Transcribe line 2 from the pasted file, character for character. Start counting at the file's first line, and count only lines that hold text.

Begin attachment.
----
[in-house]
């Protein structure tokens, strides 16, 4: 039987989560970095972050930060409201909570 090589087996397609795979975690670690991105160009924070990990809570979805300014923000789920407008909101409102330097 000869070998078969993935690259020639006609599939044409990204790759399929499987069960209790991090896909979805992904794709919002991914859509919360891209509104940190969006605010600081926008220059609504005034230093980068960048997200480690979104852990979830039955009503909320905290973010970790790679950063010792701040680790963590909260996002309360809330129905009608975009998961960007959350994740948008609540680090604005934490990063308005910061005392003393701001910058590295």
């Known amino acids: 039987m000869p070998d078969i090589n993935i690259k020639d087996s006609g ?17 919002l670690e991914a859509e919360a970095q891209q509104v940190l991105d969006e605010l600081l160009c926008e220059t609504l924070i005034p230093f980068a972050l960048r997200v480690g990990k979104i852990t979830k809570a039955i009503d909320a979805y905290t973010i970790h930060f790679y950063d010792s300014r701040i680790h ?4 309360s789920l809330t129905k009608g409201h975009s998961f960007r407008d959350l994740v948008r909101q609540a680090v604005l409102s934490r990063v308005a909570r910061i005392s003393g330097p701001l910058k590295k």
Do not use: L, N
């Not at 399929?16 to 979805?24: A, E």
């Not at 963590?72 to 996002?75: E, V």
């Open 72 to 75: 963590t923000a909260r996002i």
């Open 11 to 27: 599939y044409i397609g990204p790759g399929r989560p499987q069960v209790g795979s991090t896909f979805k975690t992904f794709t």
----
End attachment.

């Protein structure tokens, strides 16, 4: 039987989560970095972050930060409201909570 090589087996397609795979975690670690991105160009924070990990809570979805300014923000789920407008909101409102330097 000869070998078969993935690259020639006609599939044409990204790759399929499987069960209790991090896909979805992904794709919002991914859509919360891209509104940190969006605010600081926008220059609504005034230093980068960048997200480690979104852990979830039955009503909320905290973010970790790679950063010792701040680790963590909260996002309360809330129905009608975009998961960007959350994740948008609540680090604005934490990063308005910061005392003393701001910058590295």